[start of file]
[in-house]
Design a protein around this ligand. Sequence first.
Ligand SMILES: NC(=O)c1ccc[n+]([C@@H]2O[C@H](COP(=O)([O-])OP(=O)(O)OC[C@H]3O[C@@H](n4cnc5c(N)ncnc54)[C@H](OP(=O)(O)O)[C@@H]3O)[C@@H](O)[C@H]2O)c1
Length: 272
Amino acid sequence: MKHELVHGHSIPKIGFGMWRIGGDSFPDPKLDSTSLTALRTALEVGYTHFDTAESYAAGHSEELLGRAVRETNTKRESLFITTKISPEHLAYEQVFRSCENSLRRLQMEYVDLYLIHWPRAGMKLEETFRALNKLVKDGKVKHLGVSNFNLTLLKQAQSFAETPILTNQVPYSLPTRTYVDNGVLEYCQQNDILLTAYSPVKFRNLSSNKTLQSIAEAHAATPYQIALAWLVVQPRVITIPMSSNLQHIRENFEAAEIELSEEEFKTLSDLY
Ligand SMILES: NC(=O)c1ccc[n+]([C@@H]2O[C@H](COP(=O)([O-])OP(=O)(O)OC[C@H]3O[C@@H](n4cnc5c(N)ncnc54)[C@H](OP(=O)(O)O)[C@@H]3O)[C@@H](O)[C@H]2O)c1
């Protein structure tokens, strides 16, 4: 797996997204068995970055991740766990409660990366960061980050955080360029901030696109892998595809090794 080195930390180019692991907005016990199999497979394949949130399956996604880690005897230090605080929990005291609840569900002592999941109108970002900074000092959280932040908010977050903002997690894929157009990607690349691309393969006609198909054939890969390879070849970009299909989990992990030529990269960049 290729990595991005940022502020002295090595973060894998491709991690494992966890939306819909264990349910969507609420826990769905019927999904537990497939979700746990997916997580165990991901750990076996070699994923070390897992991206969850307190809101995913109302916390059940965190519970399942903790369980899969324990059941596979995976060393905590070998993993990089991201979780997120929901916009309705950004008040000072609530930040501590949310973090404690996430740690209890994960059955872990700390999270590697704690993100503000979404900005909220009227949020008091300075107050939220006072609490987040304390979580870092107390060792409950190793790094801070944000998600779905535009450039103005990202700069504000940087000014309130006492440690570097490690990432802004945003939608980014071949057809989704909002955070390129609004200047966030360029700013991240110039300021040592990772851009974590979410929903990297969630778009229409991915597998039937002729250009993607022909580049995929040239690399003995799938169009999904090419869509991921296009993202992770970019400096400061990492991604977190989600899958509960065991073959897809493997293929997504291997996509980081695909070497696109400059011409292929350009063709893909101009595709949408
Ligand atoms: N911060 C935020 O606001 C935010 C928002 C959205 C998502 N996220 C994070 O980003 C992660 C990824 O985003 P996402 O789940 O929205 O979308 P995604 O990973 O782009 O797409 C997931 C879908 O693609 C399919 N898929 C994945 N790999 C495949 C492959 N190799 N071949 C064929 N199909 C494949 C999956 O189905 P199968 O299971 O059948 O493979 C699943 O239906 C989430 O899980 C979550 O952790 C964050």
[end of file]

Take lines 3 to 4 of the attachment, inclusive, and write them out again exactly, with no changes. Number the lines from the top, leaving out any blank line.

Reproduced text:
Ligand SMILES: NC(=O)c1ccc[n+]([C@@H]2O[C@H](COP(=O)([O-])OP(=O)(O)OC[C@H]3O[C@@H](n4cnc5c(N)ncnc54)[C@H](OP(=O)(O)O)[C@@H]3O)[C@@H](O)[C@H]2O)c1
Length: 272